Why Christians need churches, and “Lone Rangers” are against Scripture

Long-time Baptist blogger Centuri0n has written a post about the importance of the local church.

Regardless of whether you agree with everything he says about the state of the church, there is absolutely no doubt that it is God who ordained the church and God who called believers to be joined together in it.

I preached an entire message on this once and I’ll post that message when I get a chance. For now, here is a pertinent Scripture on the subject, from the Gospel of John:

13:34 A new commandment I give unto you, That ye love one another; as I have loved you, that ye also love one another.

13:35 Thus shall all men know that ye are my disciples, if ye have love one to another.

How can you do that by yourself?

Posted in Christianity | 4 Comments

Our struggles are God’s training program

Recently I was pondering my own life. Specifically, I was going through it year by year, to see what lessons I could learn. Also to spot patterns, to see where God might be leading me.

I spotted a few patterns. Two patterns, actually. Two patterns that have been consistent in my life up until now. Both of these things are normally considered negatives. Those that have them tend to gripe about them. Yet, here is the thing. As I pondered these two attributes, I was struck by the realisation that what I was really looking at were two mechanisms that God was using to train me up according to His purpose. When I saw this, I was able to embrace them and thank God for them.

For in Jesus there is a remarkable correlation between the extent of the trials and tribulations that we must face, and the power inherent in our calling. Those who are called of God to a powerful ministry will, like the apostle Paul, be taken through a gruelling regimen of trials. For those who have a “lesser” ministry (as we would judge it), they will have an easier life.

When we fully understand this truth, we need no longer gripe about our struggles, but rather we can embrace them like a brother or sister, knowing that God turns our struggles around for the good.

(This was originally published at my other blog a while back. It is reproduced above with a few alterations. Waddaya gonna do about it?)

Posted in Christianity, Life Lessons | 3 Comments

Christian teaching on relationships and resulting expectations

I’ve been through several courses and such designed to teach young people how to handle relationships.

These courses had several things in mind:
1. First of all, no sex outside marriage. This is very basic stuff in Christian circles.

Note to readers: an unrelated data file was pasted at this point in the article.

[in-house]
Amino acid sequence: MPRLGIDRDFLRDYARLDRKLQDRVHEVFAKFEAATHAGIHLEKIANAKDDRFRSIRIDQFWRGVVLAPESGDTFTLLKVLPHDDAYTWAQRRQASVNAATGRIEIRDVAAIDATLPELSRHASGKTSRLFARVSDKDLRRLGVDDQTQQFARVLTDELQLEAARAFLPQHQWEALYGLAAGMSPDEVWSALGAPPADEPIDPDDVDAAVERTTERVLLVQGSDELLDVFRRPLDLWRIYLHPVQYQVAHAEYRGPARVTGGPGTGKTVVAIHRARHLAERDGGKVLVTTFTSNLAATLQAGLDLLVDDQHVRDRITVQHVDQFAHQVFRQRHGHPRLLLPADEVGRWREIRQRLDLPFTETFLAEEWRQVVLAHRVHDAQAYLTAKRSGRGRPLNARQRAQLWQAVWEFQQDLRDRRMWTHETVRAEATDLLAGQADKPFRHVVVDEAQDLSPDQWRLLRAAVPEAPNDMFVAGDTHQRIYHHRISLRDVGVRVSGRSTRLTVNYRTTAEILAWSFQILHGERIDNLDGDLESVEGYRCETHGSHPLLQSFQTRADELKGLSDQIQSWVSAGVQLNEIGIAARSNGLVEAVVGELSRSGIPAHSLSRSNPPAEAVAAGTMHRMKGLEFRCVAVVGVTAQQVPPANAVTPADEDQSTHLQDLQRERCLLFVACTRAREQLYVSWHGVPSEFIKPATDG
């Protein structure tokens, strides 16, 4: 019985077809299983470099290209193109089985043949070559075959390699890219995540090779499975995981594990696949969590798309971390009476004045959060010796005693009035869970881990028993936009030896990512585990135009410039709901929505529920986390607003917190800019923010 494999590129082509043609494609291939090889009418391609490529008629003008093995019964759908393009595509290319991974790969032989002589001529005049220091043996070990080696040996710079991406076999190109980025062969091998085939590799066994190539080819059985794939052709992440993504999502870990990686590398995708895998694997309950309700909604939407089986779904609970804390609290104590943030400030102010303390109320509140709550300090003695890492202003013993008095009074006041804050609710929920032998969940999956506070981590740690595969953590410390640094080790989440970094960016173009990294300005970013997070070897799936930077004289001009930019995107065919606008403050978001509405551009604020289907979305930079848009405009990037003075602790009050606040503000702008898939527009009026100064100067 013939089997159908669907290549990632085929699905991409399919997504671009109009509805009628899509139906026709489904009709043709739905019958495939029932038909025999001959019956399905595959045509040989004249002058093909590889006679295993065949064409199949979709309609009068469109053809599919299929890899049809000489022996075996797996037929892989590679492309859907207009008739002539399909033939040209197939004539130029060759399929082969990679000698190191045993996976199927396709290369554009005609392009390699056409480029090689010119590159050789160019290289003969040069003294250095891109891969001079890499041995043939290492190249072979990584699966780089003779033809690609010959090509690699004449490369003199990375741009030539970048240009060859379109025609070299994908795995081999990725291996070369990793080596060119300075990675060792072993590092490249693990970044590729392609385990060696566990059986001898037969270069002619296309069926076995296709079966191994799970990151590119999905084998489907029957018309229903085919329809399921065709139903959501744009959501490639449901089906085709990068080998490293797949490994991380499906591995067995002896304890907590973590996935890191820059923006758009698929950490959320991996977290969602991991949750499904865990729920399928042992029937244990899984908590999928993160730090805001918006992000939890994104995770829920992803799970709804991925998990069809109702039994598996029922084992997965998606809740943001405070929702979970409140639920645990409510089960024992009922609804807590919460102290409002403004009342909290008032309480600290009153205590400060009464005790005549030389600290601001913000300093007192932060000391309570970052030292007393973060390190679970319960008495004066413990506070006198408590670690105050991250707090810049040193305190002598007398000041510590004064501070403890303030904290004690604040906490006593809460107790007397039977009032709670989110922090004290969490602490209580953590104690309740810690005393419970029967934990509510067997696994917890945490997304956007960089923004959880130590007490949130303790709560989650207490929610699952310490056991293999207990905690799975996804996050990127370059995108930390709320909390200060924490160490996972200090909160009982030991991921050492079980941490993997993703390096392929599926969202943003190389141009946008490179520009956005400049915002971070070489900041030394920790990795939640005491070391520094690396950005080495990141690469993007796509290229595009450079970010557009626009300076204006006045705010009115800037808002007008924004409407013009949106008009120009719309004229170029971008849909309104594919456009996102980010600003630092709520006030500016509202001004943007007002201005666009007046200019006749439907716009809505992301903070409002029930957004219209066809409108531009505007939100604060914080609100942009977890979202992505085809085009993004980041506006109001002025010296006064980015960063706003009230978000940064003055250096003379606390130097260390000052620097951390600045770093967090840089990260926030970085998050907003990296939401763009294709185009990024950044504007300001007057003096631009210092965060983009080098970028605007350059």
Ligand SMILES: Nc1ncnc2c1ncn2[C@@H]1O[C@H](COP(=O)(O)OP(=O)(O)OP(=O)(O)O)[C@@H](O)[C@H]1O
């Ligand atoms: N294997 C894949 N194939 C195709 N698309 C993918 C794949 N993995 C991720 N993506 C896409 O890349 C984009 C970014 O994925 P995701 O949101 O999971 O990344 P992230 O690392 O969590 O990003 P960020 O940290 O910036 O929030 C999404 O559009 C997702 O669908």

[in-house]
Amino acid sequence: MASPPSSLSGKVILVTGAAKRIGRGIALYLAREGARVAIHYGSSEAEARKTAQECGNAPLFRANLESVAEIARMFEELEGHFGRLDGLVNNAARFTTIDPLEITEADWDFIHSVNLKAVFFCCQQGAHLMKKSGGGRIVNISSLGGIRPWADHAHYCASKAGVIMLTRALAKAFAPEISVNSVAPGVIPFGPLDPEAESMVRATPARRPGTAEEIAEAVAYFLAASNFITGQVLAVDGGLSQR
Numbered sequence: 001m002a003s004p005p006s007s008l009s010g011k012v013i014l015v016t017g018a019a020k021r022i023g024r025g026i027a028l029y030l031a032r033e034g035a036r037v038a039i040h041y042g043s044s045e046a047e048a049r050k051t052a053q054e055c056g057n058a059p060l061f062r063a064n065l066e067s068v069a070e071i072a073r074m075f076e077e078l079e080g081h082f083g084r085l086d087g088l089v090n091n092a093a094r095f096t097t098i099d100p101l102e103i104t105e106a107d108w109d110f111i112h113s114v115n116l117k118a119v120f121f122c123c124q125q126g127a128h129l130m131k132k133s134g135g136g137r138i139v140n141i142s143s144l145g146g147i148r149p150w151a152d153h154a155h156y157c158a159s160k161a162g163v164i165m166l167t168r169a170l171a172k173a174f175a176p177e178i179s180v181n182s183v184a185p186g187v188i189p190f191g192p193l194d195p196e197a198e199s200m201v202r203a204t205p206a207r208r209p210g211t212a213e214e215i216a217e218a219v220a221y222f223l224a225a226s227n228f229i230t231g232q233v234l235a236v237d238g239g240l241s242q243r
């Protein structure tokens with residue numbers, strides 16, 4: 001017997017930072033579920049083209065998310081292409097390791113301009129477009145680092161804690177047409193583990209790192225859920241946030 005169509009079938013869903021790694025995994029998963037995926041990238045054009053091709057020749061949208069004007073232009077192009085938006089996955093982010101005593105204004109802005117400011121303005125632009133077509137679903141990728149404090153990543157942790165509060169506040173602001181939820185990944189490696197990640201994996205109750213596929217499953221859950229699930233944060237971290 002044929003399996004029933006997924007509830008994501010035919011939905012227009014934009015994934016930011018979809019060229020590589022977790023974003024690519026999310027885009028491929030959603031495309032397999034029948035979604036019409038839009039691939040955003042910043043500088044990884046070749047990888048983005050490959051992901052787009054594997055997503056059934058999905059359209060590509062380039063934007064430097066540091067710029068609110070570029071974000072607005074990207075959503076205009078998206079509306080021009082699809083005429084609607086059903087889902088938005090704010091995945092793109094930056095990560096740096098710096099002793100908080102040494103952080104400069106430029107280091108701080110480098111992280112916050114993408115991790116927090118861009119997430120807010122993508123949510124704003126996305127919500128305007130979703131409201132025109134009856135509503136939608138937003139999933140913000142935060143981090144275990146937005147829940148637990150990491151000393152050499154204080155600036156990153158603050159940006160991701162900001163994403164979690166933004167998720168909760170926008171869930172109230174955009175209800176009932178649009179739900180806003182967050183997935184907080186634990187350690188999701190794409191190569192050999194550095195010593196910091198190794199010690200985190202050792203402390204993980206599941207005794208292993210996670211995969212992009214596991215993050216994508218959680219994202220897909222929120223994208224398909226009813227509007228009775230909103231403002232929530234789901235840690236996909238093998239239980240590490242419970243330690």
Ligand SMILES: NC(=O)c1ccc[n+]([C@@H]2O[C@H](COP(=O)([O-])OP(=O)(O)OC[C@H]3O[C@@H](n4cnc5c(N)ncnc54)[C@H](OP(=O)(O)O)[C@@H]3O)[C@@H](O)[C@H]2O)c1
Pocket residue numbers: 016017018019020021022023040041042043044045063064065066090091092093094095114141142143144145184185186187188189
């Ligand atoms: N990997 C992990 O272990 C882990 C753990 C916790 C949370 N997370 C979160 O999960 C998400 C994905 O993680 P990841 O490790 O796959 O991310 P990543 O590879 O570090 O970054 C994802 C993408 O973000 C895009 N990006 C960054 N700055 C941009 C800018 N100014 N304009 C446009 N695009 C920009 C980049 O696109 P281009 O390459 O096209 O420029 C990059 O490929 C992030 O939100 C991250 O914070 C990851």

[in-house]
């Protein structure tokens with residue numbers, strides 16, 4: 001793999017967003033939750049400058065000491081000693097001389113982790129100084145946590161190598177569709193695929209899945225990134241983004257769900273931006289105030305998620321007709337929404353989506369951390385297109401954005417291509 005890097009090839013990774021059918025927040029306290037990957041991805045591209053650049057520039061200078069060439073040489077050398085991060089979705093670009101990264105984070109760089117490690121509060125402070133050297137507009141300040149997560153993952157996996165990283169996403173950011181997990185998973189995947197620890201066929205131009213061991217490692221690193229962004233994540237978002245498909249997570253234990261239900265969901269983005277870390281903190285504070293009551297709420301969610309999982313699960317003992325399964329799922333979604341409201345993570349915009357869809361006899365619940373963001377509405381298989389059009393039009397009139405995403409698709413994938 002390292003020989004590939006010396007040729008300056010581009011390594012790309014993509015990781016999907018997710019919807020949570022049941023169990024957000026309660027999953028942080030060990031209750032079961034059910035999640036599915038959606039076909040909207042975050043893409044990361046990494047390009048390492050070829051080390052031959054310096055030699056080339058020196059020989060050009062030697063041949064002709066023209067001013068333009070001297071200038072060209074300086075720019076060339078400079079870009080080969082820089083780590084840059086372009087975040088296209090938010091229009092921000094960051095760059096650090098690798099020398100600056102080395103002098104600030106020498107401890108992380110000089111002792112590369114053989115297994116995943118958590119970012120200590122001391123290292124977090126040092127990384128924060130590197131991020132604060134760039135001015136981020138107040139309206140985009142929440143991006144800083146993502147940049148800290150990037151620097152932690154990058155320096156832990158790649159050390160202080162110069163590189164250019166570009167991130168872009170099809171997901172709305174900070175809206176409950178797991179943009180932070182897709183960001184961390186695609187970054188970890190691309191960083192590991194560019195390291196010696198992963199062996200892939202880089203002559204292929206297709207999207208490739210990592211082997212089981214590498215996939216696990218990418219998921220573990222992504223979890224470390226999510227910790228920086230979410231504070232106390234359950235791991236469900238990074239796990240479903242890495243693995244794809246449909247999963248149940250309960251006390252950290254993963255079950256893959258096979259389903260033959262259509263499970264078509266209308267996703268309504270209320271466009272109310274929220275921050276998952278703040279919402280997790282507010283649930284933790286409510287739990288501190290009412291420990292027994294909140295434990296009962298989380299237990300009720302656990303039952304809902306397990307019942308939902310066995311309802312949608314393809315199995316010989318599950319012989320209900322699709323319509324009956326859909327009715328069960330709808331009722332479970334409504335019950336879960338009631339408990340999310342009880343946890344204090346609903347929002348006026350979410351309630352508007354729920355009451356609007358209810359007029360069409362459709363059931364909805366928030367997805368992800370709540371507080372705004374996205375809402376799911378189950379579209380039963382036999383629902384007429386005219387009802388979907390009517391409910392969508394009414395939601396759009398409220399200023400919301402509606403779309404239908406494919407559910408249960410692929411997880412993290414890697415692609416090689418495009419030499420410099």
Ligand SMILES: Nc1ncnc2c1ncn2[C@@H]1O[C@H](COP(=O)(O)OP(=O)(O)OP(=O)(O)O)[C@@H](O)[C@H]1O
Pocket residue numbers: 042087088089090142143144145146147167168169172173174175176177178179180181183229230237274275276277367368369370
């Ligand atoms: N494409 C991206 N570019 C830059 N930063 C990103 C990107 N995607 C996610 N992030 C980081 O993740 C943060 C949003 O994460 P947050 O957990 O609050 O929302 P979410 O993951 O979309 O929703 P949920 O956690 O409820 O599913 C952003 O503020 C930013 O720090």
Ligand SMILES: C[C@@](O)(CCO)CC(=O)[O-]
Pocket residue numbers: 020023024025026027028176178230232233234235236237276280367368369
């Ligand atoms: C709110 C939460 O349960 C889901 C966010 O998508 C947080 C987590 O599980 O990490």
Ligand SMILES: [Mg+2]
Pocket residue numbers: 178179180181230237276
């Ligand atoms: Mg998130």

2. No physical contact within relationships. Several Christian books on relationships have featured couples who did not kiss until their wedding day.
3. No relationships at all! A slight exaggeration, but certainly none for teenagers or even uni students
4. Only get into a relationship if you are sure that the other person is God’s will for you to marry. Note that you have to know this before getting into a relationship.
5. Courtship rather than dating, with as much parental involvement as possible.
6. Trust God to bring you someone; don’t look yourself.

Other relevant claims:
1. Never go below your standards in selecting a mate.
2. God will bring you someone you are attracted to.
3. If it is not for you to marry, this will be a calling from God and will be obvious.

But what are the underlying expectations behind this? It was never made explicit, but this , I think, was the implicit promise behind it all:
1. Live your life, study, work, etc
2. You shall have a comfortable middle class life, moving easily from study to a successful career
3. At some stage, probably no later than mid twenties, God will bring you your life partner. You won’t even have to do anything!
4. The S.O. will know it is God’s will for you to be together and so will you! Everything will just happen naturally.
5. The parents of both you and the S.O. will recognise it is God’s will.
6. There will be no hiccups, such as long-term unemployment or illness.
7. The S.O. will fit your picture of what a S.O. should be
8. There will be no false starts or break-ups. No unrequited love.

Sounds good, doesn’t it? A few flaws, though:
1. God uses hardship and difficulty to build character, including, but not limited to, unemployment, illness, unexpected singleness etc
2. God never promises to isolate believers from relationship break-ups, false starts, rejection or other issues.
3. The S.O. could refuse to join the party even if she knew it was God’s will. God does not force obedience.
4. It is very easy to mistake an emotional desire for another with God’s leading
5. With too high expectations, everyone is too good for everyone else and everyone remains single as a result.
6. With everyone not moving unless they know for sure it’s God’s will, noone ends up moving at all. You just don’t get that type of assurance early on.
7. In life, God normally requires us to take at least some initiative.
8. Even Spirit-filled parents can only usually guess at what type of partner is suitable for you
9. “Courtship” as opposed to “dating” confuses the issue and causes some to think that this magical new system will solve all their problems, whereas it creates new roadblocks and unfillable expectations
10. God never promised to supernaturally bring everyone’s marriage partners to them
11. Plenty of people do not marry due to lack of opportunity rather than a calling to celibacy. There are no guarantees of success.

Posted in Christianity, Romance | 14 Comments